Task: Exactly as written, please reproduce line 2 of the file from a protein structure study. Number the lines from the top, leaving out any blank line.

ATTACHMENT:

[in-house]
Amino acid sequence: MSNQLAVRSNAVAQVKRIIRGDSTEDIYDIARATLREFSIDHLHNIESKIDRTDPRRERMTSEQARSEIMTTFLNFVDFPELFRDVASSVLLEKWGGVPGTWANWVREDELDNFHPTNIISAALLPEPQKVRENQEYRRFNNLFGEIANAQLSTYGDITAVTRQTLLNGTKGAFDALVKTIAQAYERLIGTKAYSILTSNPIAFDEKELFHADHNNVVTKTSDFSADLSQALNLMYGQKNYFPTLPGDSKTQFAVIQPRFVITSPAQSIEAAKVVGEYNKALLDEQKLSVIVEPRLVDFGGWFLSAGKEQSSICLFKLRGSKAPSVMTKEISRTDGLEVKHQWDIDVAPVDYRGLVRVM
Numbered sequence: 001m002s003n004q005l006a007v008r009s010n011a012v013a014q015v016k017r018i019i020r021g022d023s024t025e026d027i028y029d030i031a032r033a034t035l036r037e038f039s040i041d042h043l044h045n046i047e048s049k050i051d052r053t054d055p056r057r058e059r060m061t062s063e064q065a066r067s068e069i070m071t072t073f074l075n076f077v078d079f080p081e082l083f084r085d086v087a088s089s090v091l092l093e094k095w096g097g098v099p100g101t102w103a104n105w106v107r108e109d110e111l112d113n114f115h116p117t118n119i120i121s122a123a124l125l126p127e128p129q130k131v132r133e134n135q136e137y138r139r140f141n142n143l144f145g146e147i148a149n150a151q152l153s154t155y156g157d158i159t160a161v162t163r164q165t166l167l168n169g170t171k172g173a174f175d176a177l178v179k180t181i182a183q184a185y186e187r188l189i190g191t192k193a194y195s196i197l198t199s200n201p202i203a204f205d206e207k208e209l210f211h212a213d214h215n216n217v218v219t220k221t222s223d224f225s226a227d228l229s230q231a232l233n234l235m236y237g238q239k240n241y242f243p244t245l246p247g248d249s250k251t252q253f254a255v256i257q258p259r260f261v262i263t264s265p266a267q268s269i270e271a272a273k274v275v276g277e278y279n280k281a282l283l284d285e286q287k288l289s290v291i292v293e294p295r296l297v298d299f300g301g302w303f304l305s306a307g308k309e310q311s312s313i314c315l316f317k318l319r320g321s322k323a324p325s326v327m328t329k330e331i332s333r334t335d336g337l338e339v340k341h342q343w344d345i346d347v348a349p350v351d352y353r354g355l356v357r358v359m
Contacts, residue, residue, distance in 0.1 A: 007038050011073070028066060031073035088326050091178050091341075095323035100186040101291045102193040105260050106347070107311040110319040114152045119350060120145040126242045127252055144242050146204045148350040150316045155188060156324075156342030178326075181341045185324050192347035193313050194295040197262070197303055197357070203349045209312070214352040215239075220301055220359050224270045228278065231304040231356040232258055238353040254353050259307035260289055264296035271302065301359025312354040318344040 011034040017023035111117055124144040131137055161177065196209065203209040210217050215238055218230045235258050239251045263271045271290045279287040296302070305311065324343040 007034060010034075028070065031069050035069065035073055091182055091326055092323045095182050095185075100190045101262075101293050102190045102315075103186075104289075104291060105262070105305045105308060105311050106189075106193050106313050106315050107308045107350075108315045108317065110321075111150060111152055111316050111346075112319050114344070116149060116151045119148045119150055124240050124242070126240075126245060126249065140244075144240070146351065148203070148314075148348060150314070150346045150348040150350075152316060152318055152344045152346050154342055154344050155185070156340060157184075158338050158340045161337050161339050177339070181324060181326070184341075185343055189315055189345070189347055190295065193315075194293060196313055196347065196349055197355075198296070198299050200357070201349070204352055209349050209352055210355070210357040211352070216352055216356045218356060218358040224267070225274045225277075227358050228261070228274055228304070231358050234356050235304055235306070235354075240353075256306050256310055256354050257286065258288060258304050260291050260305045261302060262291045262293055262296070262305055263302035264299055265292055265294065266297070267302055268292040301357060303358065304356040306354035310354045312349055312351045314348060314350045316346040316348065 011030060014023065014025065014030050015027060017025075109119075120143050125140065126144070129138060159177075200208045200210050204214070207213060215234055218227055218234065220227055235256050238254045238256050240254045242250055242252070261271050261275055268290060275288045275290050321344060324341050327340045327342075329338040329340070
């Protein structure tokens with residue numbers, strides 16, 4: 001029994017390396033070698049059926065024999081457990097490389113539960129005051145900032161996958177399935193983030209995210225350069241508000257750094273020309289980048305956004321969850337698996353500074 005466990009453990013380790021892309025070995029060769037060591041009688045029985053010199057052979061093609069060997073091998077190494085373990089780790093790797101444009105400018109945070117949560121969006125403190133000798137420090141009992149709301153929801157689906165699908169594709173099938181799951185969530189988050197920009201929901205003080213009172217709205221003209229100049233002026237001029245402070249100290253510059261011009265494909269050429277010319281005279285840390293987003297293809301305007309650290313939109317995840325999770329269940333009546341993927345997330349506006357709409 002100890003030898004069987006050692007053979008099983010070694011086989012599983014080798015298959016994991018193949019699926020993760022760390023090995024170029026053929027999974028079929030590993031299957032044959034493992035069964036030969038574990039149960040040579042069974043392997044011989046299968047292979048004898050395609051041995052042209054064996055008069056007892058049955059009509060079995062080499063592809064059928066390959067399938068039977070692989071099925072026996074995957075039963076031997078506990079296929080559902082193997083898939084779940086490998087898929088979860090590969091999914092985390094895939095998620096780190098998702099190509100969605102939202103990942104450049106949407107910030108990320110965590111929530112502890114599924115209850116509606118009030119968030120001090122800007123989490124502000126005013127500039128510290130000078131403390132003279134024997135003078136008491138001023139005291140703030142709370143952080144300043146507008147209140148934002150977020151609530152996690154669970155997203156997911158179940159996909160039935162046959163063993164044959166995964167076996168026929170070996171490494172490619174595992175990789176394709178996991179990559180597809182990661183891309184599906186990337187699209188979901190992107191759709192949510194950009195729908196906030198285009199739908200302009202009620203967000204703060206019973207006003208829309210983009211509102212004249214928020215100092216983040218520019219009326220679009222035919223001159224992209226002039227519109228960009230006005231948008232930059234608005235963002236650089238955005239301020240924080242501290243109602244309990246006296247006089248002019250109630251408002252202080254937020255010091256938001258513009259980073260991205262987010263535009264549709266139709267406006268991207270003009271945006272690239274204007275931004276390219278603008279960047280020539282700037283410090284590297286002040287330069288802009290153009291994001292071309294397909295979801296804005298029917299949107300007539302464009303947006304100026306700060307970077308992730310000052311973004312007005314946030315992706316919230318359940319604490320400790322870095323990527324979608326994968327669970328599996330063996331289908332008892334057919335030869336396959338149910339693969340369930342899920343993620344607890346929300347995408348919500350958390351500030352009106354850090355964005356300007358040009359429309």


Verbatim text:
Amino acid sequence: MSNQLAVRSNAVAQVKRIIRGDSTEDIYDIARATLREFSIDHLHNIESKIDRTDPRRERMTSEQARSEIMTTFLNFVDFPELFRDVASSVLLEKWGGVPGTWANWVREDELDNFHPTNIISAALLPEPQKVRENQEYRRFNNLFGEIANAQLSTYGDITAVTRQTLLNGTKGAFDALVKTIAQAYERLIGTKAYSILTSNPIAFDEKELFHADHNNVVTKTSDFSADLSQALNLMYGQKNYFPTLPGDSKTQFAVIQPRFVITSPAQSIEAAKVVGEYNKALLDEQKLSVIVEPRLVDFGGWFLSAGKEQSSICLFKLRGSKAPSVMTKEISRTDGLEVKHQWDIDVAPVDYRGLVRVM